Our editorial policy

Haven Life is a customer centric life insurance agency that’s backed and wholly owned by Massachusetts Mutual Life Insurance Company (MassMutual). We believe navigating decisions about life insurance, your personal finances and overall wellness can be refreshingly simple.

Our content is created for educational purposes only. Haven Life does not endorse the companies, products, services or strategies discussed here, but we hope they can make your life a little less hard if they are a fit for your situation.

Haven Life is not authorized to give tax, legal or investment advice. This material is not intended to provide, and should not be relied on for tax, legal, or investment advice. Individuals are encouraged to seed advice from their own tax or legal counsel.

Our disclosures

Haven Term is a Term Life Insurance Policy (DTC and ICC17DTC in certain states, including NC) issued by Massachusetts Mutual Life Insurance Company (MassMutual), Springfield, MA 01111-0001 and offered exclusively through Haven Life Insurance Agency, LLC. In NY, Haven Term is DTC-NY 1017. In CA, Haven Term is DTC-CA 042017. Haven Term Simplified is a Simplified Issue Term Life Insurance Policy (ICC19PCM-SI 0819 in certain states, including NC) issued by the C.M. Life Insurance Company, Enfield, CT 06082. Policy and rider form numbers and features may vary by state and may not be available in all states. Our Agency license number in California is OK71922 and in Arkansas 100139527.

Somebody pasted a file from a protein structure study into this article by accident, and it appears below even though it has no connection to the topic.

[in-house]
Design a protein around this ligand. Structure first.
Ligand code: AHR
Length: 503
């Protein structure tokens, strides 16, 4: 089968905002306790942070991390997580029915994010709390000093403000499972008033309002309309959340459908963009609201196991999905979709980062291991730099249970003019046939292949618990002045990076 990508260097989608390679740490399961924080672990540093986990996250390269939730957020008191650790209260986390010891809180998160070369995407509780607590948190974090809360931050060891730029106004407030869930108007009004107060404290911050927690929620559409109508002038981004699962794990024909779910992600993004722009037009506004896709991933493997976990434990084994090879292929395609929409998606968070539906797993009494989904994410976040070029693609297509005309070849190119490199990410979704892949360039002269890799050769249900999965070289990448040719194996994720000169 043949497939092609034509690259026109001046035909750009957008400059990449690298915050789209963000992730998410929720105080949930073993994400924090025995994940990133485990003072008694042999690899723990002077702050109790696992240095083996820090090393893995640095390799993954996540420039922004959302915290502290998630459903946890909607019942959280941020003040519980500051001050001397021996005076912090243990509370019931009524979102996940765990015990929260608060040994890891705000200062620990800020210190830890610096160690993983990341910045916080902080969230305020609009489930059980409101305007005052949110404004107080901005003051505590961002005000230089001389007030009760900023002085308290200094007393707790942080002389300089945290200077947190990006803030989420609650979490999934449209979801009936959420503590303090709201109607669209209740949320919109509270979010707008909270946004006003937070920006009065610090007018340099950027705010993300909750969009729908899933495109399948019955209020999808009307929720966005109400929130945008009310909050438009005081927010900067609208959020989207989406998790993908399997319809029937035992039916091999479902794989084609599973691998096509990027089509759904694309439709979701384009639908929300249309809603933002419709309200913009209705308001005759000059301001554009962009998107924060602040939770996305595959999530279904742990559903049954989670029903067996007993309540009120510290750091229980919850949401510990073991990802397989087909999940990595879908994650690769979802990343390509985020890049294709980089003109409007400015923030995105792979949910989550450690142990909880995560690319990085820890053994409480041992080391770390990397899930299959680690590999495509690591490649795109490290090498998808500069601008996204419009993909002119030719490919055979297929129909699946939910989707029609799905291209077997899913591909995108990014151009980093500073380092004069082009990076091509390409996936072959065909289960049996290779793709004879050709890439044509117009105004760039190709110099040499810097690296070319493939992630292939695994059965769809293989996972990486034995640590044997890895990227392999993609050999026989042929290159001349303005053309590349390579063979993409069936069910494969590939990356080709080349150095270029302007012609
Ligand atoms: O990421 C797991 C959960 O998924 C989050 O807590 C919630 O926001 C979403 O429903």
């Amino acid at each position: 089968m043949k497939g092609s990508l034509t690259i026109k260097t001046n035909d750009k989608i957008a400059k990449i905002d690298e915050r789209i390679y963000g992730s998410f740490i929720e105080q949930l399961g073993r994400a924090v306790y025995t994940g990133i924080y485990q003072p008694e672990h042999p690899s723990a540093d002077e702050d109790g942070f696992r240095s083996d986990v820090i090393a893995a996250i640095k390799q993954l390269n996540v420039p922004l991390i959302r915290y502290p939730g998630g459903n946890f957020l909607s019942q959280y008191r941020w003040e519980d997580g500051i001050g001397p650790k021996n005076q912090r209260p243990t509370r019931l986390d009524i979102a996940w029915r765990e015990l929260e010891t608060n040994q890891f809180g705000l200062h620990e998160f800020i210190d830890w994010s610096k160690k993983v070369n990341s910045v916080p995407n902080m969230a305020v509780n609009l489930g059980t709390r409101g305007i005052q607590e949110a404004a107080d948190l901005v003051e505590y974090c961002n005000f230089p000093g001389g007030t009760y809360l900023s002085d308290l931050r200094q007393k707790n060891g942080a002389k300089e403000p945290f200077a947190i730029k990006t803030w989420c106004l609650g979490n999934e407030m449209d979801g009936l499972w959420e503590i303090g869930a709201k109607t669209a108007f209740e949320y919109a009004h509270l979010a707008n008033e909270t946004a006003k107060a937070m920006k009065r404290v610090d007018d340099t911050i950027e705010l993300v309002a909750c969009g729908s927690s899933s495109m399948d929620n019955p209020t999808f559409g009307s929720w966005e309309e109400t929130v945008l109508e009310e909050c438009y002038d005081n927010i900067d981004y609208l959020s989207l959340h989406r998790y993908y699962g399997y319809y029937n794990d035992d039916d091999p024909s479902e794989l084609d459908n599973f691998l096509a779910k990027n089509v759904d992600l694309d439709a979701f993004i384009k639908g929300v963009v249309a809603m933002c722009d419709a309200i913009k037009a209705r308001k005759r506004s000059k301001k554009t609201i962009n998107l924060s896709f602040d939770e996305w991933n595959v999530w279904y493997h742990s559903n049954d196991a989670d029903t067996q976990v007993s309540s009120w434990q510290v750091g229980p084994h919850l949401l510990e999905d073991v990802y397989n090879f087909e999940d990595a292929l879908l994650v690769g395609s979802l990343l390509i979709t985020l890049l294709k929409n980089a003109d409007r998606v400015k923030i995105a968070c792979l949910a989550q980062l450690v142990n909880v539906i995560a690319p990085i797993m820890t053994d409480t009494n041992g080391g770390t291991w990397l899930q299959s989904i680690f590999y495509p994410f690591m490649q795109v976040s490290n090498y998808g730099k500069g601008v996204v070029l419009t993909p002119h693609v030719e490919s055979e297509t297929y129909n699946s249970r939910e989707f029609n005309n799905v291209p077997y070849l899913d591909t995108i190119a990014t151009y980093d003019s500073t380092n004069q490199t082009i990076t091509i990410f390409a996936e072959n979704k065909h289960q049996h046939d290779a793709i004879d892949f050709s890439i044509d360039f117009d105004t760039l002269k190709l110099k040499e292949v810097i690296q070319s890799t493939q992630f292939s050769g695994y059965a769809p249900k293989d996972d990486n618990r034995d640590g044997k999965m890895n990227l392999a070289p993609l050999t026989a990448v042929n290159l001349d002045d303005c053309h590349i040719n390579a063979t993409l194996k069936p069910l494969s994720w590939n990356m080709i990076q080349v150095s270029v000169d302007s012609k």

MassMutual is rated by A.M. Best Company as A++ (Superior; Top category of 15). The rating is as of Aril 1, 2020 and is subject to change. MassMutual has received different ratings from other rating agencies.

Haven Life Plus (Plus) is the marketing name for the Plus rider, which is included as part of the Haven Term policy and offers access to additional services and benefits at no cost or at a discount. The rider is not available in every state and is subject to change at any time. Neither Haven Life nor MassMutual are responsible for the provision of the benefits and services made accessible under the Plus Rider, which are provided by third party vendors (partners). For more information about Haven Life Plus, please visit: https://havenlife.com/plus.html